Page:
During this stage, undergraduate nursing students and expert professionals in various fields of knowledge related to nursing, IT and education were invited to evaluate the learning environment. The evaluators comprised a nonprobabilistic convenience sample for which selection was performed using non-random, intentional methods(5).

Thus, the sample consisted of 3 students in the third period of Undergraduate Nursing of EEUSP who were attending the module Health of Women and Children, 2 computer experts (1 systems analyst and 1 specialist, designer and consultant in distance learning), 1 medical specialist in neonatology, and 3 nurses who were also nursing teachers and/or had expertise or professional experience in neonatal intensive care and IT for nursing.

For data collection, different methods were used for the evaluations by the experts in IT and the other experts and students. The evaluations were divided into three thematic areas, which were developed based on the Ergolist Project and developed jointly with the Laboratory of IT Usability at the University of Santa Catarina, which aims to evaluate the simplicity of using devices with interactive software(6).

5. Administration – In this phase, the environment is managed to ensure its correct functioning. Installation and configuration of the system, as well as task management, are performed before the course (preparation of lessons, testing of resources used, registration of students, guidance of students), during the course (information, help and guidance for student activities, evaluations) and after the course (providing certificates, archiving materials and making back-ups). The following administration steps were performed during this phase:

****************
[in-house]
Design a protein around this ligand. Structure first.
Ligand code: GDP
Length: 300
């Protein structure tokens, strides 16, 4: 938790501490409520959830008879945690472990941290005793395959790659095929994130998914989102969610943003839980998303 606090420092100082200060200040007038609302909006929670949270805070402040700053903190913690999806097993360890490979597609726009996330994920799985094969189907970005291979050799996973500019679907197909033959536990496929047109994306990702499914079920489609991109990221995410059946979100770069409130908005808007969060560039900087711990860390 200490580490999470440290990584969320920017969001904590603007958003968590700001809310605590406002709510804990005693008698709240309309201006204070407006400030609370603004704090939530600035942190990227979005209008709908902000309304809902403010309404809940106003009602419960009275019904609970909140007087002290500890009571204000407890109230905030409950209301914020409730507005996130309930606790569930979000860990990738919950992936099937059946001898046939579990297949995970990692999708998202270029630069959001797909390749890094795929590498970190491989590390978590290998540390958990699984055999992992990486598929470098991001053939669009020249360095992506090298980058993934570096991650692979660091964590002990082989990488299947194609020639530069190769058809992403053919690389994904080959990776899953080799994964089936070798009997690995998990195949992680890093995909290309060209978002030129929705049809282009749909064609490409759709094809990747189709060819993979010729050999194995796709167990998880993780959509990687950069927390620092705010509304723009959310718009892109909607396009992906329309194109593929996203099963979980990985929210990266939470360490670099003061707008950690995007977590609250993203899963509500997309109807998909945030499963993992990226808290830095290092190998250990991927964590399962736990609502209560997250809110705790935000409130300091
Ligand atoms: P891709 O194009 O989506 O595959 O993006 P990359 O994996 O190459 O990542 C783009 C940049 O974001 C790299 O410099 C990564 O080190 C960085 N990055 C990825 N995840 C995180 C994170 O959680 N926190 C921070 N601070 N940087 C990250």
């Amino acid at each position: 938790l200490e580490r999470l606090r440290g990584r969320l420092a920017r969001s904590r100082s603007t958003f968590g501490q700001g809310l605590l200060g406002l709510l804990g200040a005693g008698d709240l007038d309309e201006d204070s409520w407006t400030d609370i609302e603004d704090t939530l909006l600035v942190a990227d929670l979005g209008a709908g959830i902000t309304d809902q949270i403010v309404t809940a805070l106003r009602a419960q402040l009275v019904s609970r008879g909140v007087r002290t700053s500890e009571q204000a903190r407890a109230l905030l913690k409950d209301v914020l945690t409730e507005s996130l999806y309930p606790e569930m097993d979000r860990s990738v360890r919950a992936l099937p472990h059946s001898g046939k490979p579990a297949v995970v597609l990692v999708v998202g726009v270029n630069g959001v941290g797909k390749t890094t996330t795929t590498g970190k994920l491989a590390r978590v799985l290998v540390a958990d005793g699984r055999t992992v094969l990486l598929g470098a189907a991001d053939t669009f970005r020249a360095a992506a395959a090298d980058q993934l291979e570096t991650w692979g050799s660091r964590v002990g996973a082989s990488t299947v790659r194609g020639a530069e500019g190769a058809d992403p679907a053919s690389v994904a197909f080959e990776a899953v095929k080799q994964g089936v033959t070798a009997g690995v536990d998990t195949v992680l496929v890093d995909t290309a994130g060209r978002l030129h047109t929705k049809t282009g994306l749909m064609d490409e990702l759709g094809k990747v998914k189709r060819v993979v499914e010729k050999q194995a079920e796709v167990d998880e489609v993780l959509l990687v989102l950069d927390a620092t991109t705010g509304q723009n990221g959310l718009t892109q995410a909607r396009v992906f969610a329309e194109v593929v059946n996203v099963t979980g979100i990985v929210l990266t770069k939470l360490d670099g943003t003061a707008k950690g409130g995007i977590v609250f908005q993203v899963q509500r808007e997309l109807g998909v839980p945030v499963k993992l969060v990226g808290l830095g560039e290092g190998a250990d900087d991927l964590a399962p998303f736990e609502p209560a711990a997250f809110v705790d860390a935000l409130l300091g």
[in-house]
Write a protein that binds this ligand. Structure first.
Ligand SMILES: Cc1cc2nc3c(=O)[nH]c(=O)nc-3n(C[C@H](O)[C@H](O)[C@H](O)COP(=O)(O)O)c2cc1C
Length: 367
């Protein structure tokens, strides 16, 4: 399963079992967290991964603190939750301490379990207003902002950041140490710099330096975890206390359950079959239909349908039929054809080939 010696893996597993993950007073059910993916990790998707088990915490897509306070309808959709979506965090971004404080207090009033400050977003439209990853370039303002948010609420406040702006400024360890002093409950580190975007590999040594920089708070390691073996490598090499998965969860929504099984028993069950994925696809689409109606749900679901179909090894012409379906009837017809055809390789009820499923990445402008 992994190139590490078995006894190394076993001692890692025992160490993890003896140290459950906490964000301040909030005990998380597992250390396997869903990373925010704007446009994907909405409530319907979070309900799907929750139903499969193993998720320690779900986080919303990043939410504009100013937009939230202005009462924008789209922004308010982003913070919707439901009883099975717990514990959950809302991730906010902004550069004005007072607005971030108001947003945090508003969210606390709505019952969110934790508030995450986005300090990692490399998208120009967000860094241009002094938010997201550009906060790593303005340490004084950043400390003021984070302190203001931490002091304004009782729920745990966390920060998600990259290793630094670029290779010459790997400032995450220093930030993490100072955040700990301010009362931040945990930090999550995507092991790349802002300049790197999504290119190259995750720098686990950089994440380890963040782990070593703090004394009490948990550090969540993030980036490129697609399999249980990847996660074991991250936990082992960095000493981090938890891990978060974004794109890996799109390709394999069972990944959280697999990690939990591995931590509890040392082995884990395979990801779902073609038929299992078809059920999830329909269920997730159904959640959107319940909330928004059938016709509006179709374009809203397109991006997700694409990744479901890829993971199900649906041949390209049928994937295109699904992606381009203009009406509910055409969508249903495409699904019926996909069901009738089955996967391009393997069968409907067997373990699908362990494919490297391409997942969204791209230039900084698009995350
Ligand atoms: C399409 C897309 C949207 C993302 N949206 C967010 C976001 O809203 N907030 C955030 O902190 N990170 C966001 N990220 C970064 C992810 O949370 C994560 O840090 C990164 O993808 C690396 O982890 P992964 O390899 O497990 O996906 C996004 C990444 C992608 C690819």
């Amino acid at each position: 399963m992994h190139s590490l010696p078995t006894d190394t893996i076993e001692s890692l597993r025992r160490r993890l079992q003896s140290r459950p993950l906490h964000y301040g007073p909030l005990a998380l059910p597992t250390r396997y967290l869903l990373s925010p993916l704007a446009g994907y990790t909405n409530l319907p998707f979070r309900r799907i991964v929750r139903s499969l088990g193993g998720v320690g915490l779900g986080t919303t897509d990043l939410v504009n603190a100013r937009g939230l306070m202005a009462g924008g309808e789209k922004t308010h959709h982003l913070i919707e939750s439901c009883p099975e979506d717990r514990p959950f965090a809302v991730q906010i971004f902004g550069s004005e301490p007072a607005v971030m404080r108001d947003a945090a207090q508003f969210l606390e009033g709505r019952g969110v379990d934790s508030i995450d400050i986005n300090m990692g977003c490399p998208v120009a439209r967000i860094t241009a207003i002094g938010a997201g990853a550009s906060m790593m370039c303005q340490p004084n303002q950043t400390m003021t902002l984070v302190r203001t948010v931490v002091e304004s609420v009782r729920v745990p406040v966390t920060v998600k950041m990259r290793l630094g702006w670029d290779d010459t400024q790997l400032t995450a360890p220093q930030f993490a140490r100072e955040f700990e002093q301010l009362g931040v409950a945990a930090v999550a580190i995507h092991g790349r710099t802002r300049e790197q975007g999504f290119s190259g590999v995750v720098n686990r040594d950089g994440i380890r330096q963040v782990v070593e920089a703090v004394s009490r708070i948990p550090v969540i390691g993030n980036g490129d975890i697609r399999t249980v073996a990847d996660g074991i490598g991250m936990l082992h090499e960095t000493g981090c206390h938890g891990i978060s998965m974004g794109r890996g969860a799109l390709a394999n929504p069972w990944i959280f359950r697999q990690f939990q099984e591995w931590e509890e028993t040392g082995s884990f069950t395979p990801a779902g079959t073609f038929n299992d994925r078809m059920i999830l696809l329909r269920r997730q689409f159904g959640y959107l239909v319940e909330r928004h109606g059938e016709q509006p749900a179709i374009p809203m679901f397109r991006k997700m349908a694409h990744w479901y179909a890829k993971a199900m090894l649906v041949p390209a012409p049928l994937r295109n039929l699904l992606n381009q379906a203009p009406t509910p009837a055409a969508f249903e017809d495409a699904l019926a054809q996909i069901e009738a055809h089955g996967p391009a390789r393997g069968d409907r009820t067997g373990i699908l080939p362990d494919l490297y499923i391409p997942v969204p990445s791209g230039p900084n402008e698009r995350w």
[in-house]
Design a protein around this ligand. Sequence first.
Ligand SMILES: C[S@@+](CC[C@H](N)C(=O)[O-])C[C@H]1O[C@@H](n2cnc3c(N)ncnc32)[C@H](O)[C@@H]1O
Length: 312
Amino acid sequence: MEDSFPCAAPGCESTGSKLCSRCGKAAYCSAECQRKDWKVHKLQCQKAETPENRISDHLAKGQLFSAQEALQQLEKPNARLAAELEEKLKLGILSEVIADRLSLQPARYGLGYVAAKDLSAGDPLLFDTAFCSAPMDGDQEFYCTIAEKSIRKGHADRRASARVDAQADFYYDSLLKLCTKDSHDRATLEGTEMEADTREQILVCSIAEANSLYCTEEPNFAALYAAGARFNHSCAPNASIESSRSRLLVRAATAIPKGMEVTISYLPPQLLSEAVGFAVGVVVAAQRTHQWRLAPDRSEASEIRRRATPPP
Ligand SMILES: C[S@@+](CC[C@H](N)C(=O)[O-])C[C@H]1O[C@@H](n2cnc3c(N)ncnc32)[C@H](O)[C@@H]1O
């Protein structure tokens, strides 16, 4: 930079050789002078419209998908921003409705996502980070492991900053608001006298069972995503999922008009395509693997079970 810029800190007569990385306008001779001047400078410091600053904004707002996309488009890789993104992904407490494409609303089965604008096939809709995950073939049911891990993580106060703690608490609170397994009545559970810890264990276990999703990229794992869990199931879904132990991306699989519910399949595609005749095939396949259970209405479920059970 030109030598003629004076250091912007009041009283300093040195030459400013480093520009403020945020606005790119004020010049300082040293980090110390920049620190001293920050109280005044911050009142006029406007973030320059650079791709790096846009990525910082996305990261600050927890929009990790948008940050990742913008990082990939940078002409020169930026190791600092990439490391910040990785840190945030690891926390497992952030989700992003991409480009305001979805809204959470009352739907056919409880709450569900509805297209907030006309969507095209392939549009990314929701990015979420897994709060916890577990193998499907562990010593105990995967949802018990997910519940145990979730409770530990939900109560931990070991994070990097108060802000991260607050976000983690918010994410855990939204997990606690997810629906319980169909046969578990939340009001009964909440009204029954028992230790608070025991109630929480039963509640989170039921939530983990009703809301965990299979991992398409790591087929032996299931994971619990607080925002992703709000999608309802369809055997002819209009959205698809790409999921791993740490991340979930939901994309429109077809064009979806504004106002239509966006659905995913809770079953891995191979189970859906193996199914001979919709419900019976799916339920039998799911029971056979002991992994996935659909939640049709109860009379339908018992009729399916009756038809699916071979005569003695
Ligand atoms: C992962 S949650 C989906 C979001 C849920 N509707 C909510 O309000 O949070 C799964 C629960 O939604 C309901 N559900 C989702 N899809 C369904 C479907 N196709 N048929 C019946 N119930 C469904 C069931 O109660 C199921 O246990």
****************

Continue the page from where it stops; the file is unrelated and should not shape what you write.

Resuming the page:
• Frequent checking and maintenance of the operation of the LMS

  • Backing-up security copies

  • Conducting routine back-up of the activities performed with the LMS.

The software development package Dreamweaver MX 2004® by Macromedia was selected to facilitate the construction of the learning environment because it enables the use and integration of different languages and applications(7).

The software was developed using ASP (Active Server Pages) because it is suitable for the creation and use of dynamic content and to integrate Flash MX 2004® to create the animations. This software also allows easy management and maintenance of the content(8).